That’s why now, a small sticker is showing up in storefront windows across the state carrying a big message: “these businesses serve everyone.”

Created by the nonprofit Open for Service, the stickers let people know that even though it’s legal to discriminate, the business is LGBTQ-friendly and won’t turn anyone away on the basis of who they are.

“To us, it’s obvious,” says Sonja Garnett, whose family owns and operates ABC Roofing Company in Indianapolis. “You don’t want anybody to feel like they aren’t gonna be served for any particular reason.”

“I like wearing my badge. I like my thing that says I do support everyone in the community,” says Eric Wilson, who owns Irvington Insurance in Indianapolis, which also sports the sticker, or “badge” as he calls it. “I just said, you know, everyone’s welcome here at my place, even if you’re not welcome in every place.”

Eric Wilson's business. Photo courtesy of Wilson.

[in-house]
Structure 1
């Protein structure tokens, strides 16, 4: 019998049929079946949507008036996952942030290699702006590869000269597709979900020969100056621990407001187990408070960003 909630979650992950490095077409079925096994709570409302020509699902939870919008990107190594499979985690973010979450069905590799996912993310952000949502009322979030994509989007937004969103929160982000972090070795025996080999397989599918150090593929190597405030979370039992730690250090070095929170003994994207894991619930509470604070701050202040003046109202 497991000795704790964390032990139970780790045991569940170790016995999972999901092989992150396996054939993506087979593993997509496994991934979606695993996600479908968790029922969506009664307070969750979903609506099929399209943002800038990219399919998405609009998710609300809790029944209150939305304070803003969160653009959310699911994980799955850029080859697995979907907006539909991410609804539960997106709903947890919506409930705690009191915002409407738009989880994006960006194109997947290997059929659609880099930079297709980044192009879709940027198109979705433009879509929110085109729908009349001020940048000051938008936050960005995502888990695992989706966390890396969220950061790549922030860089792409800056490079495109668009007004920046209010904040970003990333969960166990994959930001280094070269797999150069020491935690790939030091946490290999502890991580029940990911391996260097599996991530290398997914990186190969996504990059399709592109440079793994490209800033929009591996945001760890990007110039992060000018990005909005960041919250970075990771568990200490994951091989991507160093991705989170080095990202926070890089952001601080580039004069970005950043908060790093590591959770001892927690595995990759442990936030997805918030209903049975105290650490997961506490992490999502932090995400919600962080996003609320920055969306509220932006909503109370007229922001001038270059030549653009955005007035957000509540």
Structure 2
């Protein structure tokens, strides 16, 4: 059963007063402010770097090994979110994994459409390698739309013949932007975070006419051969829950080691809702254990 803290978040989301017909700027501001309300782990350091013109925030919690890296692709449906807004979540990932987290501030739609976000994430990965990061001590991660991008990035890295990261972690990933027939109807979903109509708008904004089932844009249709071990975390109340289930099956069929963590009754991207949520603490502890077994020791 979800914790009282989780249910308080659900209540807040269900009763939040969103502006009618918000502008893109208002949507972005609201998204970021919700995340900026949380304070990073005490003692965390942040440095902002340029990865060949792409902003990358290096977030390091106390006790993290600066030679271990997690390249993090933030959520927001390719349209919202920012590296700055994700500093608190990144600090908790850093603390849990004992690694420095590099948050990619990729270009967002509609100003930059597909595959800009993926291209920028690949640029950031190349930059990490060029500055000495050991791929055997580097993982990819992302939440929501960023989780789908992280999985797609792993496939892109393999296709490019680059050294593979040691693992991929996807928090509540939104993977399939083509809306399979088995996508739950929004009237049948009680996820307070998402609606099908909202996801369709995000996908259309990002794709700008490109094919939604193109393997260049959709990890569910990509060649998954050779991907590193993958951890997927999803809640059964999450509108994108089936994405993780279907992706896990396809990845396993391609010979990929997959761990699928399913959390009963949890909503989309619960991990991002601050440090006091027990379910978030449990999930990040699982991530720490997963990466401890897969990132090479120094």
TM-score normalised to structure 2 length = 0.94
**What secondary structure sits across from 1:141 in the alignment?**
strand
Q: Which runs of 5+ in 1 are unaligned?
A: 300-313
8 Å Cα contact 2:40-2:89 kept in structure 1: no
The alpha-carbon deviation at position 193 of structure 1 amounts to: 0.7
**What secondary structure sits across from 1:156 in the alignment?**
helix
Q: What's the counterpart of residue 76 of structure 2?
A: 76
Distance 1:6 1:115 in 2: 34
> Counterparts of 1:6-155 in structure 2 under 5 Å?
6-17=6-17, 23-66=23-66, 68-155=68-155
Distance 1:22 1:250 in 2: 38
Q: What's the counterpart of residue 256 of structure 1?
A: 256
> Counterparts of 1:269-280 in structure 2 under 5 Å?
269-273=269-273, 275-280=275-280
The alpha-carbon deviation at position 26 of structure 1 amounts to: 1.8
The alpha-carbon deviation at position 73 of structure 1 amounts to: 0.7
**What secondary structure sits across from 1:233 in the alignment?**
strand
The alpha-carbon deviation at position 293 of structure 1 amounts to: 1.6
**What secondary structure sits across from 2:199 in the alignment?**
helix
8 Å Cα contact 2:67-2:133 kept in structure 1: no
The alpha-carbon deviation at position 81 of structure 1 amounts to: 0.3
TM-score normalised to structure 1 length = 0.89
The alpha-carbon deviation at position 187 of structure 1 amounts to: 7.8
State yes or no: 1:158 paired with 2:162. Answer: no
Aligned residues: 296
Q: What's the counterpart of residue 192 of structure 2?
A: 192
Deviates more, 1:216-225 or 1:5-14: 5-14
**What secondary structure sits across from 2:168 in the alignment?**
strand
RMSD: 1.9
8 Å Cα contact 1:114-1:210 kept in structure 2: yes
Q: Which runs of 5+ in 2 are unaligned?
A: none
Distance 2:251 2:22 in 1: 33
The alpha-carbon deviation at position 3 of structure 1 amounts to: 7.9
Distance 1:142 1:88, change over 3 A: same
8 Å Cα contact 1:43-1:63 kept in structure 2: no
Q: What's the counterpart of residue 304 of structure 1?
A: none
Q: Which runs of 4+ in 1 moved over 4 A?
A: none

“The sticker signals to me that this place is gonna be cool,” says Amy. “They’re not gonna kick somebody out because of their sexual orientation or behave inappropriately. The florist will still sell me flowers, and they’re not gonna force a bunch of pamphlets on you or something like that.”

It’s incredibly important — to customers, companies, and communities at large — for everyone to be allowed to participate in society equally.

On one hand, it’s simply a matter of dignity. “You don’t want them, or anyone, to have to go through something like that, being humiliated because you’re different than someone else,” says Sonja.